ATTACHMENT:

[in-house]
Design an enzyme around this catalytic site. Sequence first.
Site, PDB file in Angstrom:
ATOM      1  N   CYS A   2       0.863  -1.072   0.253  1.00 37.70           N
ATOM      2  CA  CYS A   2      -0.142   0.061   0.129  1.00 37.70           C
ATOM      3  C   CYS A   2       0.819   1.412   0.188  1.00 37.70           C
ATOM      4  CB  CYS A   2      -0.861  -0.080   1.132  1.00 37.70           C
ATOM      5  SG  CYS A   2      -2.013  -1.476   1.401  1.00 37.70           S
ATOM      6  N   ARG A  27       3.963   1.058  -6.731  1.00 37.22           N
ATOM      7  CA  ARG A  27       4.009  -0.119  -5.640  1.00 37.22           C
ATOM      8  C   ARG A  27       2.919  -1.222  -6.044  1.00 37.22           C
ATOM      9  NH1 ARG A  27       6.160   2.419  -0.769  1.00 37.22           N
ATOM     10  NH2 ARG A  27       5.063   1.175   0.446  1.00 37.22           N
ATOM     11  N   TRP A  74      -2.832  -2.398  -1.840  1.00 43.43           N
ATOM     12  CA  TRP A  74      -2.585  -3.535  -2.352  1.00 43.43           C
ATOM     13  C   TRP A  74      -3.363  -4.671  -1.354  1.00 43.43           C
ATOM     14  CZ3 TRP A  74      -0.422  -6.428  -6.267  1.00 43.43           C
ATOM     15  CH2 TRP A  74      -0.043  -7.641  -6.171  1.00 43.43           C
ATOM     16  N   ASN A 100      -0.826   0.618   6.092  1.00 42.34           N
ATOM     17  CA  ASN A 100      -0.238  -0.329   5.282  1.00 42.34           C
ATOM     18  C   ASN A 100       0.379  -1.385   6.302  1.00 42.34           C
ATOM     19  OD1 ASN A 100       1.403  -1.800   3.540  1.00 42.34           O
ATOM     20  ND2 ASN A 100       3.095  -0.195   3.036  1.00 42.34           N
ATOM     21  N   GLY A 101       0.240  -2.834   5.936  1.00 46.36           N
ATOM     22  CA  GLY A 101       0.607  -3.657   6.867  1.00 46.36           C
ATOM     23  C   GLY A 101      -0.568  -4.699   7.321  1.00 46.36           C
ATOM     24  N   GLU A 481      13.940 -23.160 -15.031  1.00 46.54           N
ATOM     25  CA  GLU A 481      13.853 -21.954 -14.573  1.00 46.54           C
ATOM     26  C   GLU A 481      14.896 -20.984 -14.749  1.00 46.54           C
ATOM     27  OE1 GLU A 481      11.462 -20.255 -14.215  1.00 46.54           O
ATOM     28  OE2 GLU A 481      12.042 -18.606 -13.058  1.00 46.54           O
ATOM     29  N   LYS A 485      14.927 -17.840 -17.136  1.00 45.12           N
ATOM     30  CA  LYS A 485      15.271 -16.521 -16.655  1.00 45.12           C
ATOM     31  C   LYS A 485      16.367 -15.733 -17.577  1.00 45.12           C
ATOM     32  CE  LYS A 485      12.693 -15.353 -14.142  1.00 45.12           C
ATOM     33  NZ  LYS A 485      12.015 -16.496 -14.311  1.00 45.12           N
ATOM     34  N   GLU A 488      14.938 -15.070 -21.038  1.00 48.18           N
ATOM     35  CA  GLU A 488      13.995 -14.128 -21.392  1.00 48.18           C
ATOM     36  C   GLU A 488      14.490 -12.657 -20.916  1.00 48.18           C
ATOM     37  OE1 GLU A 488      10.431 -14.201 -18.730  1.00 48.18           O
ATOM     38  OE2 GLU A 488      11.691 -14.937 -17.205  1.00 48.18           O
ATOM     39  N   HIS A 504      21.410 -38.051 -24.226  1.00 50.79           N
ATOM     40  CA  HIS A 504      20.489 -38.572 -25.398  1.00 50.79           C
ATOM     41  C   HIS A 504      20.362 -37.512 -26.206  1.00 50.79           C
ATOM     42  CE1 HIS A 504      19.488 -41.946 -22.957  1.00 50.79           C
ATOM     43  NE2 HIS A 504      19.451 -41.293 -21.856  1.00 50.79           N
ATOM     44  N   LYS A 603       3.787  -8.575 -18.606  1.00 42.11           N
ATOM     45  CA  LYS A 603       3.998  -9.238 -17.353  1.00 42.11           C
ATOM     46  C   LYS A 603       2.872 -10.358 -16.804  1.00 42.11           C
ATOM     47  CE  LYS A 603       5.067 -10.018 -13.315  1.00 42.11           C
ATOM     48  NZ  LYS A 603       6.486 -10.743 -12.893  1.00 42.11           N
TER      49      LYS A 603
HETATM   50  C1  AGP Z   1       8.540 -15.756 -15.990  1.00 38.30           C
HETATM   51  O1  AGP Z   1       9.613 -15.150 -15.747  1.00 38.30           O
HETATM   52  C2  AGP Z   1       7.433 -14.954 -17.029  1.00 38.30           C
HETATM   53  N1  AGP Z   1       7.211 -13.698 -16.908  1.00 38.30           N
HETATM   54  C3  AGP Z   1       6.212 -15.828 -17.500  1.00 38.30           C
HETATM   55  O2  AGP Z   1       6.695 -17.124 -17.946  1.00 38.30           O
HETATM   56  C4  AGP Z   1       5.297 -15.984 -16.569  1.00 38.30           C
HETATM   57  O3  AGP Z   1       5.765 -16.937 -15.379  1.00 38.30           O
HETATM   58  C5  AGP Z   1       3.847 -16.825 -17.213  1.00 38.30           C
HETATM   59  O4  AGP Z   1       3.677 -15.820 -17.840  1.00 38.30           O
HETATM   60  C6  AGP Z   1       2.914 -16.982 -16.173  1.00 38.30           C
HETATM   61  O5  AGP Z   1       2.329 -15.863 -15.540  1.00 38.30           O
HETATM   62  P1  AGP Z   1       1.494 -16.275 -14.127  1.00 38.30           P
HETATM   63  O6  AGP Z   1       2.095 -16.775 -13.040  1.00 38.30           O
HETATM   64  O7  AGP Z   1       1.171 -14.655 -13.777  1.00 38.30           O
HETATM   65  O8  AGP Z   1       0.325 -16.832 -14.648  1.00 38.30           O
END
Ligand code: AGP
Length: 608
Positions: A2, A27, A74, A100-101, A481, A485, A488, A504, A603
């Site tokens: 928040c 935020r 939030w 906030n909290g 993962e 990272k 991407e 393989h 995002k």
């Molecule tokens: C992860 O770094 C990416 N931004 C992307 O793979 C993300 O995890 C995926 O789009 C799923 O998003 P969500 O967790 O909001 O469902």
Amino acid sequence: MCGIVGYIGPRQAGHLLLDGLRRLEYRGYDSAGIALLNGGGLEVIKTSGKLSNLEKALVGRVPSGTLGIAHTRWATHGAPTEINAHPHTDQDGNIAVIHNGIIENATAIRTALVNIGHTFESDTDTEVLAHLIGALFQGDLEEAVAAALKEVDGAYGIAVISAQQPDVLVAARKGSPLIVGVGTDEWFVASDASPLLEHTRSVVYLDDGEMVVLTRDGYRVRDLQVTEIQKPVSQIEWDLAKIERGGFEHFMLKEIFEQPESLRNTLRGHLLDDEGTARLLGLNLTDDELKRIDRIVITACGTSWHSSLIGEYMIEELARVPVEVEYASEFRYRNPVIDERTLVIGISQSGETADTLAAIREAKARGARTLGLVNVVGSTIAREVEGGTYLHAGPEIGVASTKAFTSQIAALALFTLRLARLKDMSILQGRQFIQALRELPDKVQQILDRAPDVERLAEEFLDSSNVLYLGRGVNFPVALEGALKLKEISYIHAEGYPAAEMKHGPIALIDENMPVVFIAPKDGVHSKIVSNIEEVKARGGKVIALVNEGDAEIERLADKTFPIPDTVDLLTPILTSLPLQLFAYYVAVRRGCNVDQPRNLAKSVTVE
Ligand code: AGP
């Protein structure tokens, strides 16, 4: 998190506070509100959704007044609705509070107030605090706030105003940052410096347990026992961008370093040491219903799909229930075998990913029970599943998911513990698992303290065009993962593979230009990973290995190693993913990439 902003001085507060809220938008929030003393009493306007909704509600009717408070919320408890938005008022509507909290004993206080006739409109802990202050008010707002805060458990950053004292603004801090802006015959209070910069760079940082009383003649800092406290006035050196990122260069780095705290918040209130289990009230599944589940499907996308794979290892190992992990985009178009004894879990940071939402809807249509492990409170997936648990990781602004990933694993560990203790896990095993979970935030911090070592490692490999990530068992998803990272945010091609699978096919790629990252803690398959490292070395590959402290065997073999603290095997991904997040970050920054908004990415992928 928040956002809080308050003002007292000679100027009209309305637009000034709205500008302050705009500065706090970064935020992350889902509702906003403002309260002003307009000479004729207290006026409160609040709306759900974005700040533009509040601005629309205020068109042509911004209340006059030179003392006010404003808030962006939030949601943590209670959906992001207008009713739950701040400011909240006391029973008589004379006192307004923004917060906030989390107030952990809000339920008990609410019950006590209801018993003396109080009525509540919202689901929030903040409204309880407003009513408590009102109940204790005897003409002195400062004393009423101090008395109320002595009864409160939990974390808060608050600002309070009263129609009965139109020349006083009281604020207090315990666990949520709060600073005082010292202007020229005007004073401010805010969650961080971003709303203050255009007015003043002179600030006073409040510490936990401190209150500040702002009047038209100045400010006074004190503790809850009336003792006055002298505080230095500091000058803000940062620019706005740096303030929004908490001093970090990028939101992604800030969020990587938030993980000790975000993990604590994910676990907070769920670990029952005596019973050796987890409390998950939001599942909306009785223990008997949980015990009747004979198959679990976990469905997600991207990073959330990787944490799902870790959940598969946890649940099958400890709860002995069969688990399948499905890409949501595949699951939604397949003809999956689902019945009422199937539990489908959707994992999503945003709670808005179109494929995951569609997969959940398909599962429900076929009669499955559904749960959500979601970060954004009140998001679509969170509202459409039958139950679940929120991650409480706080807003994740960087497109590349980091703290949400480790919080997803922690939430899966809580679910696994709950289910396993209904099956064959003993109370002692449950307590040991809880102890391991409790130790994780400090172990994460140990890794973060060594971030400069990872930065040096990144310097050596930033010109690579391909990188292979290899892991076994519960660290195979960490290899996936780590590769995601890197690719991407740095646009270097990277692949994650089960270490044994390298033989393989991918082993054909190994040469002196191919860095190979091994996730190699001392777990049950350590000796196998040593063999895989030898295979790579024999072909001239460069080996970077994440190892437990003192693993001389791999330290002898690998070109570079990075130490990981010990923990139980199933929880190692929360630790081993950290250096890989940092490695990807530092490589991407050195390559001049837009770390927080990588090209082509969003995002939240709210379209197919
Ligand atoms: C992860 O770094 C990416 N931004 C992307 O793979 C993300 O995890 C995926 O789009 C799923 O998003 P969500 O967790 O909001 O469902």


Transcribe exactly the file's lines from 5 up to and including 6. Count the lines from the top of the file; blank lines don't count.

ATOM      2  CA  CYS A   2      -0.142   0.061   0.129  1.00 37.70           C
ATOM      3  C   CYS A   2       0.819   1.412   0.188  1.00 37.70           C